• Other Additional Documents and Questions, as itemized and explained on the departmental web page for Prospective Students – Applications

Application Deadlines

The application deadlines listed here are set by the Institute of Islamic Studies and may be revised at any time. Applicants must verify all deadlines and documentation requirements well in advance on the appropriate McGill departmental website; please consult the list at www.mcgill.ca/gps/contact/graduate-program.

Canadian International Special/Exchange/Visiting
Fall: Jan. 15 Fall: Jan. 15 Fall: Jan. 15
Winter: N/A Winter: N/A Winter: N/A
Summer: N/A Summer: N/A Summer: N/A

Admission to graduate studies is competitive; accordingly, late and/or incomplete applications are considered only as time and space permit.

Taken from Programs, Courses and University Regulations 2014-2015 (last updated Jul. 22, 2014).

Languages, Literatures, and Cultures

Languages, Literatures, and Cultures

Location

  • Department of Languages, Literatures, and Cultures
  • 688 Sherbrooke Street West, Suite 425
  • Montreal QC H3A 3R1
  • Canada

About Languages, Literatures, and Cultures

The Department’s graduate programs in German, Hispanic, Italian, and Russian Studies offer a vibrant research environment, combining the rigour of traditional philological inquiry with a range of other theoretical and methodological approaches, many of them informed and/or creatively challenged by broader transnational and interdisciplinary perspectives. The Department is committed to international standards of excellence in graduate student training.

GERMAN STUDIES

Faculty research specializations in German Studies cover philology and literary history from the 18th century to the present, film studies, history of the book, philosophy, intellectual history, and the history of the German Left. Students may specialize in literature, intellectual history, film, and/or German media studies. Students in our Department often spend time abroad in Germany and Austria and take part in conference and workshop organization. Notable facilities and resources connected with German Studies include the Interacting with Print research group and the Moving Image Research Laboratory.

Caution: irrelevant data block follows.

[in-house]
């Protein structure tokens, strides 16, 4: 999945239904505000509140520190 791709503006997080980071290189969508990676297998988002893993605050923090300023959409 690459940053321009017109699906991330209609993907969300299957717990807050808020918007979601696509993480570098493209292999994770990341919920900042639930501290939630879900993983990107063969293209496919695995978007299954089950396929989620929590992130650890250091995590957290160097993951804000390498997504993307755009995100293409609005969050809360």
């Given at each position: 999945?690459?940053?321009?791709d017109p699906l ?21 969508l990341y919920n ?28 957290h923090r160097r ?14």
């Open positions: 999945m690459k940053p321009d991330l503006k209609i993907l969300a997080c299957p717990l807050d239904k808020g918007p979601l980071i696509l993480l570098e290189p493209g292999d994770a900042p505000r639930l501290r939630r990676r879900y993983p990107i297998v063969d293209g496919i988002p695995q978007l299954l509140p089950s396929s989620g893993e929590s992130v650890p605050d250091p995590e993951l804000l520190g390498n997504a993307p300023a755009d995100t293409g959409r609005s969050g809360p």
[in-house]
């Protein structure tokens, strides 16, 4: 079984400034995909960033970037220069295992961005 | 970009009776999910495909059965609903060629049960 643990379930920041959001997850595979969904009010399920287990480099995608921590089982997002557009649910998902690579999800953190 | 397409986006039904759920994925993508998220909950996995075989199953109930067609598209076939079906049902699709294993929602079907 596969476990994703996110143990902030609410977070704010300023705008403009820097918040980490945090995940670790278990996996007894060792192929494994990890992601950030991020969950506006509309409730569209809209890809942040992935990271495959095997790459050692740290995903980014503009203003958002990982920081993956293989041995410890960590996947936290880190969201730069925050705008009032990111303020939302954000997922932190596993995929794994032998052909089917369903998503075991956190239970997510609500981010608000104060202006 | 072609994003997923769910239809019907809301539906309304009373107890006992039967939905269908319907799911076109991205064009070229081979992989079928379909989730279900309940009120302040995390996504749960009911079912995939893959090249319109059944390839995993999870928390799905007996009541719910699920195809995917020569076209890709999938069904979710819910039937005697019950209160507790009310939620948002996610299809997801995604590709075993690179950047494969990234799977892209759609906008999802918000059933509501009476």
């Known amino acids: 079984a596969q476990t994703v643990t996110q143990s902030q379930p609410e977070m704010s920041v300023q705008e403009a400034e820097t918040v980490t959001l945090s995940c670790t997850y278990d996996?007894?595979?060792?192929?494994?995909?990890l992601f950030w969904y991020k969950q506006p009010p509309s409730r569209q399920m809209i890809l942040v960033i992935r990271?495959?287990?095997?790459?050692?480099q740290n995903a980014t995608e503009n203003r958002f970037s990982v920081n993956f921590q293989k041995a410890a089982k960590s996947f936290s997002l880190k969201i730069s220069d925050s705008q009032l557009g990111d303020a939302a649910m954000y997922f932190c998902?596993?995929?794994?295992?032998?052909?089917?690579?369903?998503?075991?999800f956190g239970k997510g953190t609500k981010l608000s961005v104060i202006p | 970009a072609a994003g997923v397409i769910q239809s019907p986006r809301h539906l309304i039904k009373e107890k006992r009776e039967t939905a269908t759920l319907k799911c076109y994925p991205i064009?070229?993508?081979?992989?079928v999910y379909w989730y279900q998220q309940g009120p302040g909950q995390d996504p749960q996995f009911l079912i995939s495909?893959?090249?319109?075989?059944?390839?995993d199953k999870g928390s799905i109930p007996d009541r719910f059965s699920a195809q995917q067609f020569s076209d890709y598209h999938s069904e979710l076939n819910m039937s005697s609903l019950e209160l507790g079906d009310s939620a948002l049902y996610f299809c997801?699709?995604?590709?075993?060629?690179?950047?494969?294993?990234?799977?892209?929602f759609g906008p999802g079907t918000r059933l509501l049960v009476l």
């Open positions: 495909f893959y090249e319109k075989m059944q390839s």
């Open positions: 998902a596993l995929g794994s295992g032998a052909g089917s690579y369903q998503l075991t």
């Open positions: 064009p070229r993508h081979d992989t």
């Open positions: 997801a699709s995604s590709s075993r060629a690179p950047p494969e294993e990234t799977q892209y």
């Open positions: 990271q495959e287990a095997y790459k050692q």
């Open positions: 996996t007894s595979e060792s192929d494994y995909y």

Ph.D. Language Tests

Ph.D. candidates in other disciplines who are required to pass a reading test in German may prepare themselves by taking GERM 200 or GERM 202.

HISPANIC STUDIES

The Department of Hispanic Studies is committed to the disciplined study of all aspects of the literature, intellectual history, and culture of Spain and Latin America, as well as the Spanish and Portuguese languages. Currently, the Department of Hispanic Studies has three outstanding research areas: Colonial and Peninsular Baroque and Enlightenment, with a variety of intellectual and methodological approaches; Queer Studies, particularly focused on contemporary Argentina and Spain; and Film and Literary Studies on contemporary Latin America. The Department has an outstanding Media Resource Centre, whose collection of films and music has over 300 titles from Latin America and Spain, with media in Spanish, Portuguese, and English.